Richard Ashcroft is no stranger to grand statements. The English singer's music output over the past 20 years is awash with pop anthems, not least the song for which he is most famous, his band the Verve's Bitter Sweet Symphony.
Later solo efforts such as A Song for the Lovers and Music is Power have a similar anthemic swagger. Now he's gone and called his new group RPA and the United Nations of Sound, a bold declaration backed up by a multinational cast and as many musical genres.
"I want to make music that sounds like it's from the future," he says, dropping in another whopping big sound bite.
To be fair, most of Ashcroft's conversation is reassuringly down-to-earth, aided by his thick Wigan accent, particularly in his enthusiasm for his new project and the musicians and technicians who helped him make it, such as American guitarist Steve Wyreman and veteran arranger Benjamin Wright.
"It was an honour to be working with some of those people," he says humbly.
Yet one can sense also a strong self-belief running through Ashcroft's veins as he explains his place in the modern pop pantheon. He has some justification. He has survived Britpop and the break-up of the Verve (three times) to stand tall under his own name, with three successful solo albums under his belt and the new one, cunningly titled United Nations of Sound, about to float him across the world for the foreseeable future.
It hardly seems possible, but the new Ashcroft project also sees him make his Australian debut, with a tour that begins in Melbourne on July 30 and takes in an appearance at the Splendour in the Grass festival at Woodford in Queensland.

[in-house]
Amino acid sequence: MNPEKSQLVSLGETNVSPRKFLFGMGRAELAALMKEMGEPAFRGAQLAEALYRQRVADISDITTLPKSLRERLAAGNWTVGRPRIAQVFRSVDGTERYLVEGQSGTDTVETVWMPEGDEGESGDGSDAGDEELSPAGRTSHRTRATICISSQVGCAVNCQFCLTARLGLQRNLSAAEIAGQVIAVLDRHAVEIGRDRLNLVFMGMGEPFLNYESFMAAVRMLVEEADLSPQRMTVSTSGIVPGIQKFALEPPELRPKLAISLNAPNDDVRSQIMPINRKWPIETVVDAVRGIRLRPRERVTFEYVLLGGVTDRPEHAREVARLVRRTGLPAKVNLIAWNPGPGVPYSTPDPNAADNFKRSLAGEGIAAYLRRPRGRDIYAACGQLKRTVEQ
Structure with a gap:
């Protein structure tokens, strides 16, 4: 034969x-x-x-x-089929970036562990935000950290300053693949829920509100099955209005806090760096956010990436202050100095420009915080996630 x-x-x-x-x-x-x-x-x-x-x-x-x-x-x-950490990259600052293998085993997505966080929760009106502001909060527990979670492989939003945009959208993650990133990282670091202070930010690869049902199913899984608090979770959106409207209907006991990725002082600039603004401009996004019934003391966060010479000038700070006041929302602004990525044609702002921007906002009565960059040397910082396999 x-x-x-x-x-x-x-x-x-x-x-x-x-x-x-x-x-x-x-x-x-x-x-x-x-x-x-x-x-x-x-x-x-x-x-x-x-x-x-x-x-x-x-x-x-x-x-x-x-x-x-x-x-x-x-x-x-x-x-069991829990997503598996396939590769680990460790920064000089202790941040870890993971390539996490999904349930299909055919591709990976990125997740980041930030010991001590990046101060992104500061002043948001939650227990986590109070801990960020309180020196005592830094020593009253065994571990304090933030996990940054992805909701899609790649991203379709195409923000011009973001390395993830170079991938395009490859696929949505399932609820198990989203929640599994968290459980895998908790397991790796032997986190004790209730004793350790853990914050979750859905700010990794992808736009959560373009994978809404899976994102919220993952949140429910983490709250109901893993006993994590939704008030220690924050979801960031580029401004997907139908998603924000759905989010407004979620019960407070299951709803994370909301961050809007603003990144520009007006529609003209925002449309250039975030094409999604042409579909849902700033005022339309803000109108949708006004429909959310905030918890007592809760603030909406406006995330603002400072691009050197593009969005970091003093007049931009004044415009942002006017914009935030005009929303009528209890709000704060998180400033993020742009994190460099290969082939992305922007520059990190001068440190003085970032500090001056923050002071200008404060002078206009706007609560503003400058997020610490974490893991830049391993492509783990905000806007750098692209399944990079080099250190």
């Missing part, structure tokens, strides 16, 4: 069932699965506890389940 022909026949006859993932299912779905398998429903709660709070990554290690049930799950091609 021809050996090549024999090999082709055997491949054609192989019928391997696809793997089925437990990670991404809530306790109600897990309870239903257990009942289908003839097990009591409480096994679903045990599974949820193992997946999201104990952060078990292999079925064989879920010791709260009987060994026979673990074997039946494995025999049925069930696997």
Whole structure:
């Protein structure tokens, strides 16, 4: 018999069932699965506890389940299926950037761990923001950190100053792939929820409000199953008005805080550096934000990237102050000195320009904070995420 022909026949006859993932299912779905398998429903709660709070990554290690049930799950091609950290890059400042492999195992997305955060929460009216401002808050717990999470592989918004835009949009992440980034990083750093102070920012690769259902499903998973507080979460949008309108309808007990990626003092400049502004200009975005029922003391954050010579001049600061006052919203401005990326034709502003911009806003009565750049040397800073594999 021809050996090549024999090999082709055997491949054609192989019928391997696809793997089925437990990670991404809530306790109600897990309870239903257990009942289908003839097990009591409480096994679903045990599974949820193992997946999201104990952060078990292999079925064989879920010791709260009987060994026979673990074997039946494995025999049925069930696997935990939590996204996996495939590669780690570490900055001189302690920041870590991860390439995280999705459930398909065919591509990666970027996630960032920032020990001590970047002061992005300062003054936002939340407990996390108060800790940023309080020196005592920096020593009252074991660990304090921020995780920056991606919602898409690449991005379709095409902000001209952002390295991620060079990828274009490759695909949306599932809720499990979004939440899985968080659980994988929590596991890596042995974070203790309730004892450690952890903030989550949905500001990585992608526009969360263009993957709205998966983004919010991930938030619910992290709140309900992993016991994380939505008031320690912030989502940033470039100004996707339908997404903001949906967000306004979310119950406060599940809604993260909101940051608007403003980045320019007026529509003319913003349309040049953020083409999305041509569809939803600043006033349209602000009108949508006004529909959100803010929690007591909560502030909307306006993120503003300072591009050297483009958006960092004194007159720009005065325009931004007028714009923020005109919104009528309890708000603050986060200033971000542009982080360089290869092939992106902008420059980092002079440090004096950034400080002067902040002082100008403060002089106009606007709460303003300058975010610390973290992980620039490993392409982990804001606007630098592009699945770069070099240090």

"It's very unusual for someone who has been making music for as long as I have not to come to Australia," he says apologetically. "There's no definitive reason for it. It's just fate and timing, so I'm really looking forward to it."
Accompanying him on the trip are his wife, Kate Bradley, and their two sons. Bradley, once of English band Spiritualized, plays keyboards in the United Nations of Sound line-up. Completing the UN music delegation are two Californians, a Swiss and an Italian.
"It's a powerful band and they're great players and improvisers capable of taking it somewhere different every night," says Ashcroft.
Certainly United Nations of Sound, the album, goes off in a variety of unexpected directions, most notably to the town of hip-hop. Ashcroft enlisted American producer No ID, who has worked with Jay-Z and Kanye West, among many other hip-hop stars, to oversee the recording in New York of his latest work.
The producer's influence is regularly apparent, particularly so on America (there's that grand statement again) on which hip-hop beats play foil to Ashcroft's ungainly rap.
There's blues, too, in the John Lee Hooker-inspired How Deep is Your Man, slick soul in the Ashcroft falsetto of Life Can be So Beautiful, and footstomping, lighter-waving intensity in the power pop of Are You Ready and Born Again.
This might be seen as hedging one's bets, but Ashcroft sees it more as a way of melding various styles into something that can be called his own.
He cites 1970s American roots pioneer Gram Parsons as an influence in that respect.
"Parsons had this grand vision for cosmic American music as he called it," says Ashcroft, " this idea that at some point all the sources of music - blues, folk, country and what have you - would bleed into each other without being forced and create a new type of music.